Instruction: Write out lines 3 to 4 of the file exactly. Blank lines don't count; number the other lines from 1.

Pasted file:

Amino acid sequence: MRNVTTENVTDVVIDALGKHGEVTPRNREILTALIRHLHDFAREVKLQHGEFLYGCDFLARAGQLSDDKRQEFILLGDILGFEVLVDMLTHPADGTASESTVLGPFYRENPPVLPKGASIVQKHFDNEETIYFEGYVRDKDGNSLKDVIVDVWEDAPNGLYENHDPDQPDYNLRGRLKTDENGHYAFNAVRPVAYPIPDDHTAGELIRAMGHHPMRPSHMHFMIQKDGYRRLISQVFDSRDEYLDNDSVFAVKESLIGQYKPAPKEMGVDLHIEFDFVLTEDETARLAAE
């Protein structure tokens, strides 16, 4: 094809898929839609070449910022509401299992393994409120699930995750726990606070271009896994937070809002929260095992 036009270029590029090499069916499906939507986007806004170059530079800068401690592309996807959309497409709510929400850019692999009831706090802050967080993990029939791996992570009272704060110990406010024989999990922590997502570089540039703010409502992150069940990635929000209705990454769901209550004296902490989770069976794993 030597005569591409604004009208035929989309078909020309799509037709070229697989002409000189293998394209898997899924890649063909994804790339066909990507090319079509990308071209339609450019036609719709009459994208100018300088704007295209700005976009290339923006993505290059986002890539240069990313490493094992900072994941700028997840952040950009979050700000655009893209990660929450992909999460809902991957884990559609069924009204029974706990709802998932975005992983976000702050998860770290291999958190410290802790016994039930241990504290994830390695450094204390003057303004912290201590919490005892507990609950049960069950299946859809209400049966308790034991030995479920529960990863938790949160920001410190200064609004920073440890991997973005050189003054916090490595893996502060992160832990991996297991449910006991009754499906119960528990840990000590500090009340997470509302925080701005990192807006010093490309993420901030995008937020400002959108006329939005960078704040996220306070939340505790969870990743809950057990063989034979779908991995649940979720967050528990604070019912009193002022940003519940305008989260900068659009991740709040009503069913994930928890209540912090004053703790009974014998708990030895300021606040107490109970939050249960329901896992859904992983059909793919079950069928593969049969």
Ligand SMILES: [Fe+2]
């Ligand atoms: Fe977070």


Ligand SMILES: [Fe+2]
């Ligand atoms: Fe977070």